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Int J Dermatol. 2005 Oct;44 Suppl 1:13-7.

Hair loss: is there a relationship with hair care practices in Nigeria?

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  • 1College of Medicine, University of Nigeria Teaching Hospital, Enugu, Nigeria.

Erratum in

  • Int J Dermatol. 2006 Jan;45(1):92. Nnoruka, Nkechi Edith [corrected to Nnoruka, Edith Nkechi].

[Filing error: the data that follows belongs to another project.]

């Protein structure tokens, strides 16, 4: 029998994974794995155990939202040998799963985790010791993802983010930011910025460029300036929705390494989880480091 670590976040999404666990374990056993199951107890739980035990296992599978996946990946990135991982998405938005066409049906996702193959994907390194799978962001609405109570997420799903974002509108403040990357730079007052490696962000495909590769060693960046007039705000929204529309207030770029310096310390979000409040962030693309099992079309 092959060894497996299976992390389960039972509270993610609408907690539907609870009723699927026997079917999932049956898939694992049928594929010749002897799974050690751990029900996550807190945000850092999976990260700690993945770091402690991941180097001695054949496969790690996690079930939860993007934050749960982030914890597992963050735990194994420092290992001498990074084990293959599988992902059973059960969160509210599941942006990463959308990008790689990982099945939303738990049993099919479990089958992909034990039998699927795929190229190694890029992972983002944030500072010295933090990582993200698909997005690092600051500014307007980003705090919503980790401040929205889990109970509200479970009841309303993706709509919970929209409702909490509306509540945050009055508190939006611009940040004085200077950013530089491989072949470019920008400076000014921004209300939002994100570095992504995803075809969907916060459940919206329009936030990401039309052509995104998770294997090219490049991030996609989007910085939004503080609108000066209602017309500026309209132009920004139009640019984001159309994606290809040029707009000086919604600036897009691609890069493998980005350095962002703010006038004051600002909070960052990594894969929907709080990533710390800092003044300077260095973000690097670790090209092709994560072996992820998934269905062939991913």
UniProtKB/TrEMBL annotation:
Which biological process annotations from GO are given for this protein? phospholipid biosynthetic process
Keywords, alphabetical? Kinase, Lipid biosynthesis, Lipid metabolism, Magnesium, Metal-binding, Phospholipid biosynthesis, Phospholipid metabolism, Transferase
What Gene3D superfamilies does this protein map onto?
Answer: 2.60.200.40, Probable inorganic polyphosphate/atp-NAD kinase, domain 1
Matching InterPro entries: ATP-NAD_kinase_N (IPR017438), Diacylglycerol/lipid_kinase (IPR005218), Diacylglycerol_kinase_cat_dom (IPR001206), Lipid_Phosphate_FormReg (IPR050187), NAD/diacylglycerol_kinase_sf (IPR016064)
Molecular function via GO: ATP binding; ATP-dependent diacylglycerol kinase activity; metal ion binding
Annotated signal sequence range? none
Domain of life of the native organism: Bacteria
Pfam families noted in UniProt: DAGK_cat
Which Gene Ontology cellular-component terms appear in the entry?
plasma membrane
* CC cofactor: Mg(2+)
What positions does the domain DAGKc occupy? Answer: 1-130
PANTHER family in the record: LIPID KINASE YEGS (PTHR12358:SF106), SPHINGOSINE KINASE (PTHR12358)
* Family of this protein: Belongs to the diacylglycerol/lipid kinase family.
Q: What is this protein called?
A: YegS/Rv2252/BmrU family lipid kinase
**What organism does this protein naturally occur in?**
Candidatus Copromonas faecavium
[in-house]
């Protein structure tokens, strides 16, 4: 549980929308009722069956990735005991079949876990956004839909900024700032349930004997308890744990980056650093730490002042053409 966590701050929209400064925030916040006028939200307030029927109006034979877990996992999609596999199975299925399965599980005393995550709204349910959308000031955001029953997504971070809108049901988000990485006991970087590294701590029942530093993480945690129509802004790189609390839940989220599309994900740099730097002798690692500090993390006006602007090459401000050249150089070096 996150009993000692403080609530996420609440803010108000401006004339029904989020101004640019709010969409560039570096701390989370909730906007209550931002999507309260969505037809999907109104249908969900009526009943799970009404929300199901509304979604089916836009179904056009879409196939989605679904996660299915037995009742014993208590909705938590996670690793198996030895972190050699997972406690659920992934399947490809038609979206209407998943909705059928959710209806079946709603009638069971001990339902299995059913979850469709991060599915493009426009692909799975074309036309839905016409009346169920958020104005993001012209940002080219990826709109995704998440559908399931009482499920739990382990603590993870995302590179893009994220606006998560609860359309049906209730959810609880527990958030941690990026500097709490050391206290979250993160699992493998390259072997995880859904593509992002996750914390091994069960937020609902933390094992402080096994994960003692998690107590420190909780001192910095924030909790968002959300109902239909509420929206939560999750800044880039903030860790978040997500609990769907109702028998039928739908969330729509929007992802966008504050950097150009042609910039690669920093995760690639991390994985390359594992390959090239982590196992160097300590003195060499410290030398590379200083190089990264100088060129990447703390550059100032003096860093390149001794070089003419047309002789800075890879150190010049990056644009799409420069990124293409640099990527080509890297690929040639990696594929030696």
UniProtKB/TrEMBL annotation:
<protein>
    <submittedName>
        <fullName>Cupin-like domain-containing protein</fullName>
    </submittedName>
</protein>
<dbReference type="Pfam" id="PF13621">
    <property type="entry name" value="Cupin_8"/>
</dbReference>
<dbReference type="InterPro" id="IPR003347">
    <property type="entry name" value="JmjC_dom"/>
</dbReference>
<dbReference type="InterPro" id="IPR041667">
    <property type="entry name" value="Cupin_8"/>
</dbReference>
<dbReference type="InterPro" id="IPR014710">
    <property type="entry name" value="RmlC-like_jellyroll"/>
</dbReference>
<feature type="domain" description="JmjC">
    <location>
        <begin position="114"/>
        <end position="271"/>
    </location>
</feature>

BACKGROUND Hair loss occurs in all ethnic populations, but the etiology varies considerably from group to group. In black women, many forms of alopecia are associated with hair care practices. However, the causes of alopecias in African women have not been extensively investigated. OBJECTIVE This descriptive, cross-sectional, hospital-based study was undertaken to document common complaints on initial presentation for hair loss, hair care practices and patterns of hair loss, and to determine if there is a relationship between hair loss and hair care practices. METHODS A total of 39 female patients seen over a 12 month period were enrolled in the study. Demographic information recorded included age, sex, marital status and occupation. Information regarding medical history included initial presenting complaints, duration of hair loss, site of hair loss, whether there was skin or systemic involvement, hair care practices and the duration of these practices. Examination of the scalp, a hair-pull test, documentation of the pattern of hair loss, relevant laboratory tests and biopsies were carried out. RESULTS All 39 patients were adults. Major complaints at initial presentation, apart from hair loss, included itchy scalp in 17 patients (43.6%), painful scalp in 11 patients (28.2%), hair breakage in seven patients (17.9%) and flaking scalp in four patients (10.3%). All the women relaxed their hair at some point in time. Chemical relaxants were consistently used by 22 patients (53.7%), eight patients (20.5%) alternated these with plaits/braids, and nine patients (23.1%) wore extensions. The use of local concoctions in hair care management was reported by three patients (7.7%). Scarred alopecias were observed in 20 patients (51.3%), while 19 (48.7%) had non-scarred alopecias. Those who reported prolonged and frequent use of chemical relaxants [mean duration (+/- standard deviation) 23.2+/-9.3 years] exhibited scarred alopecia more commonly than those who did not often use chemical relaxants (P<0.001). The application of local concoctions or pomades was also a regular practice amongst females with scarred alopecias. CONCLUSIONS Itchiness, pain, ready hair breakage and flaking scalp were common complaints at initial presentation. A range of alopecias were documented, and it was also observed that duration of hair care practice and hair styling were relevant to hair loss, particularly for women with central centifugal cicatricial alopecias (CCCAs), which resulted in scarring.

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